One of the first patients of the NICU is now Indiana University of Pennsylvania student Patrick Donohue, who was born at 33 weeks of gestation and spent about 10 days at the NICU. Now almost 20 years of age and a Dean’s List student at college, Donohue reflects on the experience his family went through after his premature birth. He has seen video of himself as an infant receiving care in the NICU and knows that it was a very scary and uncertain time for his family. “My entire family was very worried, and they prayed and stayed with me 24/7. I think it was a miracle that I made it, and I am very grateful to the St. Mary NICU staff for the great care that I received and the life that I’ve been able to lead partly because of that care,” Donohue says. His father, Patrick Donohue, now is the Director of Marketing and Communications of St. Mary Medical Center.
Sunny Zegarski, daughter of Michael and Annisha, is a more recent patient of the NICU who was born at 30 weeks gestation on December 6, 2007, and spent 58 days in the NICU. At birth, Sunny weighed just one pound, 13 ounces and was 13 inches long. Throughout her stay at the NICU, Michael and Annisha grew very close to the staff who cared for their daughter. “The nurses at the St. Mary NICU taught us everything we needed to know to care for our daughter, including how to hold, diaper, and feed her. They were wonderful and really kept us sane through a very stressful time in our lives,” says Annisha. Now almost two years old, Sunny’s parents enjoy bringing her by the NICU to show the staff how much she has grown since her time under their care.
Dr. Prem Marlapudi, Medical Director of the NICU, has been with the unit since its inception and has seen many advancements in care over the past 20 years. “We are proud of the NICU and are particularly proud of our mortality, morbidity, and infection rates, which are very low compared to NICUs of the same level nationally,” notes Marlapudi. “Yet we are most proud of our patients and the incredible progress that they make during their time in the NICU, and especially once they go home with their families. Our patients become like family, and we frequently have parents stop by to visit us and bring in their now healthy children to show us how far they have come,” he continues. Dr. Marlapudi recalls the 10-year reunion fondly, and is proud that he remembered the names of almost every parent.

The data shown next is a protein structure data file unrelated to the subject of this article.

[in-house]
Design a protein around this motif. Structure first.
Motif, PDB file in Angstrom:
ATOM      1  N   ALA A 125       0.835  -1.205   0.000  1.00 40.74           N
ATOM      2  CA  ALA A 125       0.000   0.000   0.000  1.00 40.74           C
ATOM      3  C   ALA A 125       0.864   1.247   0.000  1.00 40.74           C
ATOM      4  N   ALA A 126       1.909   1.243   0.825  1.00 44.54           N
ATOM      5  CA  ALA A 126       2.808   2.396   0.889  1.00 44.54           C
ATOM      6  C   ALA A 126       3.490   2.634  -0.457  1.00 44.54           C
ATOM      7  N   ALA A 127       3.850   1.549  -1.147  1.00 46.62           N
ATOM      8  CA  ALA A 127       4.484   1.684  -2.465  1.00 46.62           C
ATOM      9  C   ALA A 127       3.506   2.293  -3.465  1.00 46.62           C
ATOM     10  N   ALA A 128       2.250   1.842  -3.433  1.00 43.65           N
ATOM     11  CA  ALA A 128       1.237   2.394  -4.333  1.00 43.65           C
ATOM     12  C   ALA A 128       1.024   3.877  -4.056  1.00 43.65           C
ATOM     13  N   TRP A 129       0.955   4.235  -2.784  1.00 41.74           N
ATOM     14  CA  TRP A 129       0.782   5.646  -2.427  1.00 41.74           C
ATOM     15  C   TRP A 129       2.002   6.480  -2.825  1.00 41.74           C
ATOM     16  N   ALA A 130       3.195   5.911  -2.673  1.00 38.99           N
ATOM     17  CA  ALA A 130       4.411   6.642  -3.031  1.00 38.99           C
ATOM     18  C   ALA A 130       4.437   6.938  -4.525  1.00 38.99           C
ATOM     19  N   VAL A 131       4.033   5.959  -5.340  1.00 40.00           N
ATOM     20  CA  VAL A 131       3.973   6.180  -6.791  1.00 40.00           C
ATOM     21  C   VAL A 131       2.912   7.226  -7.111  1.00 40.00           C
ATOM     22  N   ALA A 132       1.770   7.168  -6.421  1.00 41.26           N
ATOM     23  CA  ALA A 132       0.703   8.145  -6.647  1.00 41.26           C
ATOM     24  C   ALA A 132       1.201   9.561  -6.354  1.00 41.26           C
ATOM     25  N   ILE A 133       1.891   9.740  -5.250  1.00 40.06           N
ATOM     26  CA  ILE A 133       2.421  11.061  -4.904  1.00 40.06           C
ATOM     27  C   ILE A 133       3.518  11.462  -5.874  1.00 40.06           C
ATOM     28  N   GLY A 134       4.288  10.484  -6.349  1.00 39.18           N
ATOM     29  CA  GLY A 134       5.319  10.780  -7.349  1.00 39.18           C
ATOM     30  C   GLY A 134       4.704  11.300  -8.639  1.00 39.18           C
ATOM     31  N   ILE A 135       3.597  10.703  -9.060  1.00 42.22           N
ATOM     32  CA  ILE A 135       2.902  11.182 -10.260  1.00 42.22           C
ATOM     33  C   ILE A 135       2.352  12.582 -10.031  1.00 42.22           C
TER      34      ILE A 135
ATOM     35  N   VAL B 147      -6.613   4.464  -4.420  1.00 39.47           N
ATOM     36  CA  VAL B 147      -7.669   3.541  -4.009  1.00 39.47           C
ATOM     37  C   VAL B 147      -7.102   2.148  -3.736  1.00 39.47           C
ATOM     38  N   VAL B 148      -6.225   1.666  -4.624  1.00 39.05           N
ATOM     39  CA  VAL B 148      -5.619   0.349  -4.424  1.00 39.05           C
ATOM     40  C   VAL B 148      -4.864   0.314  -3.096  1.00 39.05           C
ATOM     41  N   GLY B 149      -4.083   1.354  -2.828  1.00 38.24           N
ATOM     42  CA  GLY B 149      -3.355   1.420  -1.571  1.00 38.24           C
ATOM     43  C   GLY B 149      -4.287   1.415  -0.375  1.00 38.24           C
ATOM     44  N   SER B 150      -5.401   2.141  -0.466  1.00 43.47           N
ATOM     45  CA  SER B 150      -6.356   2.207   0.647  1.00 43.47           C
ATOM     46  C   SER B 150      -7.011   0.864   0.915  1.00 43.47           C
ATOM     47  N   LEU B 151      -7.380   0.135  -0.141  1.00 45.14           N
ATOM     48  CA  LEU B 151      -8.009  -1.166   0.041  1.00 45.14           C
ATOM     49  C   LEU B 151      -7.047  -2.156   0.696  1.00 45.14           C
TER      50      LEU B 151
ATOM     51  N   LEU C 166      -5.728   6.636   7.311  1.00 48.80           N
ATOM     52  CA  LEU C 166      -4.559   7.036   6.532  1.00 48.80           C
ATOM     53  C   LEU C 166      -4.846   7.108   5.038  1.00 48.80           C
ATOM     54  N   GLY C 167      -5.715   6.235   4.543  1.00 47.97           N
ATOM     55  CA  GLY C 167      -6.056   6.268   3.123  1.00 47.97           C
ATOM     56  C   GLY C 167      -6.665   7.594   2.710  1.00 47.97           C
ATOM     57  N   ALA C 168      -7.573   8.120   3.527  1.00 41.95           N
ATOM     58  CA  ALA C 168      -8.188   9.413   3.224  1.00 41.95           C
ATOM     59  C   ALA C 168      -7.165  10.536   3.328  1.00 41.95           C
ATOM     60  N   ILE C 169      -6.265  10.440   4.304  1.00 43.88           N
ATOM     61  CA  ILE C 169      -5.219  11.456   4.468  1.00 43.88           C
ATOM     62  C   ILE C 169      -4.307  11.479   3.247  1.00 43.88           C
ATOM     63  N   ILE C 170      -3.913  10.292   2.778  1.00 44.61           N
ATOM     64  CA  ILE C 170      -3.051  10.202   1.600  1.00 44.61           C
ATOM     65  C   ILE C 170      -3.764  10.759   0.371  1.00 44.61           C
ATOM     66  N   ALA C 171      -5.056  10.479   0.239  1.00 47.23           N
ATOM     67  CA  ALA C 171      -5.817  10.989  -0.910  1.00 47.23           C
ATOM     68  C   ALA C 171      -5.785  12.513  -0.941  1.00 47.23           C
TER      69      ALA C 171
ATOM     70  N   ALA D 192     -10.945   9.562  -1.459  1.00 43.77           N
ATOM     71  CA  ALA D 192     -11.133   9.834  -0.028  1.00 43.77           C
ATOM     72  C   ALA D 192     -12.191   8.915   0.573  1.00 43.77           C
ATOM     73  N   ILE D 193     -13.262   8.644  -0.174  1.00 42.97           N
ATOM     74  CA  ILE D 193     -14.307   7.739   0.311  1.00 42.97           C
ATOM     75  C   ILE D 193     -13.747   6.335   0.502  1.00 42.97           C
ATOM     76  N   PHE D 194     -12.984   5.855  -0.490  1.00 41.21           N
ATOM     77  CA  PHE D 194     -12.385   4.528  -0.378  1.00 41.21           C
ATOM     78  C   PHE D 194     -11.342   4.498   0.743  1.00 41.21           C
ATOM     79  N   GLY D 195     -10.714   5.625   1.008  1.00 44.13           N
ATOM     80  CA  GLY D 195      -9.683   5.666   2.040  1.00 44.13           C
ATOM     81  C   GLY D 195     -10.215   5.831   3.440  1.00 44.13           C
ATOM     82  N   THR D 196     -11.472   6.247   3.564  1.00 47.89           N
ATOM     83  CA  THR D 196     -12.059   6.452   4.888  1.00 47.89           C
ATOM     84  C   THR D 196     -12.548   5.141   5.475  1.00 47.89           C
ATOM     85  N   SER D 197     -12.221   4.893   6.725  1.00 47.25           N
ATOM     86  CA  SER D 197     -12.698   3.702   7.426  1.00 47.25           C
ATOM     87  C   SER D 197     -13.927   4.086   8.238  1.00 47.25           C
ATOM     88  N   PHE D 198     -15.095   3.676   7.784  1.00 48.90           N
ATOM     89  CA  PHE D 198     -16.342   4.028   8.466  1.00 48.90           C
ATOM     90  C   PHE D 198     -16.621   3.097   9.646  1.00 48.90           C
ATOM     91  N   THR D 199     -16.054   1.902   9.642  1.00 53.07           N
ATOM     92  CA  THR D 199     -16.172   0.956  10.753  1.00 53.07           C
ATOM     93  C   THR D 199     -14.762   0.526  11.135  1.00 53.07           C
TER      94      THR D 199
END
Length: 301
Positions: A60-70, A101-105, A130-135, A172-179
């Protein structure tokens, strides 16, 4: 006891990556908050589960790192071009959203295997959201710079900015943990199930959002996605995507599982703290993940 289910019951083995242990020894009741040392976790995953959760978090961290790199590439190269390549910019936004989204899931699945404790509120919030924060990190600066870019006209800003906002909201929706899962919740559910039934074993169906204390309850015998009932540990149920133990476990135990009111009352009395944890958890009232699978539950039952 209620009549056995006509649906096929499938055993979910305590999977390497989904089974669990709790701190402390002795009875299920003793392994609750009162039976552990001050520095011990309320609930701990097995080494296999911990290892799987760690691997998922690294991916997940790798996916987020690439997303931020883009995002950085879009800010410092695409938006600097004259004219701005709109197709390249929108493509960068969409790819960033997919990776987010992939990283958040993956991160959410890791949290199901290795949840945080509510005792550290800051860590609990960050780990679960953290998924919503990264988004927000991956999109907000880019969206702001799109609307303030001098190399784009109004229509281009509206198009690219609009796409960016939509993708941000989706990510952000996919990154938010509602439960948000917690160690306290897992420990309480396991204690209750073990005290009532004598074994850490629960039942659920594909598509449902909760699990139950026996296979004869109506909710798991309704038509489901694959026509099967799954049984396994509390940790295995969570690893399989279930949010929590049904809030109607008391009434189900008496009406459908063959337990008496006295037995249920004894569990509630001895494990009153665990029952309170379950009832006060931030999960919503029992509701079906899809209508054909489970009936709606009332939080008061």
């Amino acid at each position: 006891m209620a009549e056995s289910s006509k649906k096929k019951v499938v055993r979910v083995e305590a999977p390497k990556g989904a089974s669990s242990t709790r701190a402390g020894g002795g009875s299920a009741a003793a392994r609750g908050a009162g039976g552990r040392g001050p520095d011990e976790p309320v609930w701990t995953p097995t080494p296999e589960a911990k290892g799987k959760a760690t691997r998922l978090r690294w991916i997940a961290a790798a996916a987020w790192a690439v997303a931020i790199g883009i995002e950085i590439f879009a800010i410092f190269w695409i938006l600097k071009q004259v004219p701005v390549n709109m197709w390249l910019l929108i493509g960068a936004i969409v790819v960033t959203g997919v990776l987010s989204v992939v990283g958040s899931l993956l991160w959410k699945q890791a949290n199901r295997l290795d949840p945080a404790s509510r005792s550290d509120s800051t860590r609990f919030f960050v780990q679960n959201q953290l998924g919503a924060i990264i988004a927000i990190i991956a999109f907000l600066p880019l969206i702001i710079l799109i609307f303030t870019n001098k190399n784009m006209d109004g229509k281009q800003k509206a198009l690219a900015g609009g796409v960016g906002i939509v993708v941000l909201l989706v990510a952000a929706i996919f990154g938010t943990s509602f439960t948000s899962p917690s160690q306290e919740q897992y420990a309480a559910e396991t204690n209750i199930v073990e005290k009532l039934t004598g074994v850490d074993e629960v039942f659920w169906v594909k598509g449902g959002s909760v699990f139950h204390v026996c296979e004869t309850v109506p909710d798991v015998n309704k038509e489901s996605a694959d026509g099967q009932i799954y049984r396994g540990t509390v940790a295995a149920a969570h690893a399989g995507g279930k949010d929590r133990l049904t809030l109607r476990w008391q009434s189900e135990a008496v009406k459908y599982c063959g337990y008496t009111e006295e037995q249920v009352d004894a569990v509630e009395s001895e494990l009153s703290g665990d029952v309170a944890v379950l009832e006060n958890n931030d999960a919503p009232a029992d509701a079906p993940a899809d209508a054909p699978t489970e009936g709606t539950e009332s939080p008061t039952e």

The NICU is part of the larger Mother Baby Unit at St. Mary that includes seven attractive and spacious birthing rooms. To ensure maximum patient comfort, labor, delivery, and recovery take place in the same home-like suites. Skilled, specially trained obstetrical nurses assess and monitor the progress of labor throughout the birthing process. In addition, two maternal operating rooms for Cesarean section and other surgical procedures are readily available if needed. After delivery, new mothers are transferred to private rooms and may choose 24-hour rooming-in or request that their baby be cared for in the nursery to allow time to rest. In addition to Labor and Delivery and the NICU, St. Mary offers a comprehensive range of Women’s Health services including obstetrics and gynecology, an on-site perinatal center, a wellness center, and a wide range of maternity education classes.
For more information about the Precious Pumpkins Picnic, or to register for this event, please call 215.710.5888.